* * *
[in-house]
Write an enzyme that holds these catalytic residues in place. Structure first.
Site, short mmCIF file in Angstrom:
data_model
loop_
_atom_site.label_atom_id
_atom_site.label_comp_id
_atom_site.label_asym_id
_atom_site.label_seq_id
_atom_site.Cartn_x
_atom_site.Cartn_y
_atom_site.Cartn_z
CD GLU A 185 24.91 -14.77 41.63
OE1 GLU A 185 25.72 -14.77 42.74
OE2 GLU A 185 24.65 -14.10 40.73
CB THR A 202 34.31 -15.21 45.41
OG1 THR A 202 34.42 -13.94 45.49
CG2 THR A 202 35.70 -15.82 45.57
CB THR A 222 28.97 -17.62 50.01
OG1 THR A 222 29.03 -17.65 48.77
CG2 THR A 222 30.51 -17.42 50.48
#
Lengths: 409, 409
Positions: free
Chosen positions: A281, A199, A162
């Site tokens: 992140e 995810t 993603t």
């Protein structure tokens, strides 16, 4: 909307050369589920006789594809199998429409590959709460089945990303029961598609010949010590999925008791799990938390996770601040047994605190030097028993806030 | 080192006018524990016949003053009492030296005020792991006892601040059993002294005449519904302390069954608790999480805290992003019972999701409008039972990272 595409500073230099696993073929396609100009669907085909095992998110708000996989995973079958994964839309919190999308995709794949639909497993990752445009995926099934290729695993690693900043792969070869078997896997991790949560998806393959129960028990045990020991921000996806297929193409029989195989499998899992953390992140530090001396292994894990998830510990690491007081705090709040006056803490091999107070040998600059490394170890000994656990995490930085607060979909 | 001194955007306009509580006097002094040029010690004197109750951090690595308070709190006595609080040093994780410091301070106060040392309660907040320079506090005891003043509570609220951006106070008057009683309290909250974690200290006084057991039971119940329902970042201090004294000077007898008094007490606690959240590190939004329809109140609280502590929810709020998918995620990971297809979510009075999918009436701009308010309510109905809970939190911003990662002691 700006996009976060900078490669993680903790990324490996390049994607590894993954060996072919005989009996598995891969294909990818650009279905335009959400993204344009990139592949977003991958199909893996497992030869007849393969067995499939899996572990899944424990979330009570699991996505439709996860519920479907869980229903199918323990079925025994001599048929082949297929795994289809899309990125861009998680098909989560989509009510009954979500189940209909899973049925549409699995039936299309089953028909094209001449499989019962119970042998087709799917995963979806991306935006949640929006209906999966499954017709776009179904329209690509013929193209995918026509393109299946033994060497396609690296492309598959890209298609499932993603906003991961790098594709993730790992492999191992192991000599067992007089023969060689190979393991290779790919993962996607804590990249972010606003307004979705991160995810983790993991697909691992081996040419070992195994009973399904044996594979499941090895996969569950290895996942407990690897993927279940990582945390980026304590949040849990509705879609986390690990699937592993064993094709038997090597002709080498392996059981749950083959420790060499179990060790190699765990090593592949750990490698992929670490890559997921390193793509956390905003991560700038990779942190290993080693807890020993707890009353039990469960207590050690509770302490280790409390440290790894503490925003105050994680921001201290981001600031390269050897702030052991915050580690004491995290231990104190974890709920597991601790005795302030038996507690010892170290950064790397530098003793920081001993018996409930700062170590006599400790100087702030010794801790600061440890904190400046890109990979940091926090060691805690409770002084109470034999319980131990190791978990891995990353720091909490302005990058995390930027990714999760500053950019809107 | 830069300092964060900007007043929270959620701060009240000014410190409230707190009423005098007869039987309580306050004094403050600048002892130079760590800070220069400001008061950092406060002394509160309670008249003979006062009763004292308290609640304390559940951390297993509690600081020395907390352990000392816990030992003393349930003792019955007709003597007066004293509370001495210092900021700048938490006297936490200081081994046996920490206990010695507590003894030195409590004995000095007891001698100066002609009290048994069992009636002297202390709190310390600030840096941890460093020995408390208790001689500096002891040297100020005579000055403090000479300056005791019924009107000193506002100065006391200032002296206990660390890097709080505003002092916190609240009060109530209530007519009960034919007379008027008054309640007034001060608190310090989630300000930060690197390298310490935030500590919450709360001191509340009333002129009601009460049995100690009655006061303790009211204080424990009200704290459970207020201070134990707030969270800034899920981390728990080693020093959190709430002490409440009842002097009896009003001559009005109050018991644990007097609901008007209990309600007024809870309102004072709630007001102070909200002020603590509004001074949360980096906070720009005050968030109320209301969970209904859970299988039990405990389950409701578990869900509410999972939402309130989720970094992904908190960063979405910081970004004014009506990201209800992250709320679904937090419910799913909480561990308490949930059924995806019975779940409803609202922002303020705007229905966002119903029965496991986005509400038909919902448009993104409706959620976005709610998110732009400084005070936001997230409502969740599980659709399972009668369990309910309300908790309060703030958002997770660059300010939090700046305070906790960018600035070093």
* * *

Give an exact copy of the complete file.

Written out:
[in-house]
Write an enzyme that holds these catalytic residues in place. Structure first.
Site, short mmCIF file in Angstrom:
data_model
loop_
_atom_site.label_atom_id
_atom_site.label_comp_id
_atom_site.label_asym_id
_atom_site.label_seq_id
_atom_site.Cartn_x
_atom_site.Cartn_y
_atom_site.Cartn_z
CD GLU A 185 24.91 -14.77 41.63
OE1 GLU A 185 25.72 -14.77 42.74
OE2 GLU A 185 24.65 -14.10 40.73
CB THR A 202 34.31 -15.21 45.41
OG1 THR A 202 34.42 -13.94 45.49
CG2 THR A 202 35.70 -15.82 45.57
CB THR A 222 28.97 -17.62 50.01
OG1 THR A 222 29.03 -17.65 48.77
CG2 THR A 222 30.51 -17.42 50.48
#
Lengths: 409, 409
Positions: free
Chosen positions: A281, A199, A162
């Site tokens: 992140e 995810t 993603t």
């Protein structure tokens, strides 16, 4: 909307050369589920006789594809199998429409590959709460089945990303029961598609010949010590999925008791799990938390996770601040047994605190030097028993806030 | 080192006018524990016949003053009492030296005020792991006892601040059993002294005449519904302390069954608790999480805290992003019972999701409008039972990272 595409500073230099696993073929396609100009669907085909095992998110708000996989995973079958994964839309919190999308995709794949639909497993990752445009995926099934290729695993690693900043792969070869078997896997991790949560998806393959129960028990045990020991921000996806297929193409029989195989499998899992953390992140530090001396292994894990998830510990690491007081705090709040006056803490091999107070040998600059490394170890000994656990995490930085607060979909 | 001194955007306009509580006097002094040029010690004197109750951090690595308070709190006595609080040093994780410091301070106060040392309660907040320079506090005891003043509570609220951006106070008057009683309290909250974690200290006084057991039971119940329902970042201090004294000077007898008094007490606690959240590190939004329809109140609280502590929810709020998918995620990971297809979510009075999918009436701009308010309510109905809970939190911003990662002691 700006996009976060900078490669993680903790990324490996390049994607590894993954060996072919005989009996598995891969294909990818650009279905335009959400993204344009990139592949977003991958199909893996497992030869007849393969067995499939899996572990899944424990979330009570699991996505439709996860519920479907869980229903199918323990079925025994001599048929082949297929795994289809899309990125861009998680098909989560989509009510009954979500189940209909899973049925549409699995039936299309089953028909094209001449499989019962119970042998087709799917995963979806991306935006949640929006209906999966499954017709776009179904329209690509013929193209995918026509393109299946033994060497396609690296492309598959890209298609499932993603906003991961790098594709993730790992492999191992192991000599067992007089023969060689190979393991290779790919993962996607804590990249972010606003307004979705991160995810983790993991697909691992081996040419070992195994009973399904044996594979499941090895996969569950290895996942407990690897993927279940990582945390980026304590949040849990509705879609986390690990699937592993064993094709038997090597002709080498392996059981749950083959420790060499179990060790190699765990090593592949750990490698992929670490890559997921390193793509956390905003991560700038990779942190290993080693807890020993707890009353039990469960207590050690509770302490280790409390440290790894503490925003105050994680921001201290981001600031390269050897702030052991915050580690004491995290231990104190974890709920597991601790005795302030038996507690010892170290950064790397530098003793920081001993018996409930700062170590006599400790100087702030010794801790600061440890904190400046890109990979940091926090060691805690409770002084109470034999319980131990190791978990891995990353720091909490302005990058995390930027990714999760500053950019809107 | 830069300092964060900007007043929270959620701060009240000014410190409230707190009423005098007869039987309580306050004094403050600048002892130079760590800070220069400001008061950092406060002394509160309670008249003979006062009763004292308290609640304390559940951390297993509690600081020395907390352990000392816990030992003393349930003792019955007709003597007066004293509370001495210092900021700048938490006297936490200081081994046996920490206990010695507590003894030195409590004995000095007891001698100066002609009290048994069992009636002297202390709190310390600030840096941890460093020995408390208790001689500096002891040297100020005579000055403090000479300056005791019924009107000193506002100065006391200032002296206990660390890097709080505003002092916190609240009060109530209530007519009960034919007379008027008054309640007034001060608190310090989630300000930060690197390298310490935030500590919450709360001191509340009333002129009601009460049995100690009655006061303790009211204080424990009200704290459970207020201070134990707030969270800034899920981390728990080693020093959190709430002490409440009842002097009896009003001559009005109050018991644990007097609901008007209990309600007024809870309102004072709630007001102070909200002020603590509004001074949360980096906070720009005050968030109320209301969970209904859970299988039990405990389950409701578990869900509410999972939402309130989720970094992904908190960063979405910081970004004014009506990201209800992250709320679904937090419910799913909480561990308490949930059924995806019975779940409803609202922002303020705007229905966002119903029965496991986005509400038909919902448009993104409706959620976005709610998110732009400084005070936001997230409502969740599980659709399972009668369990309910309300908790309060703030958002997770660059300010939090700046305070906790960018600035070093």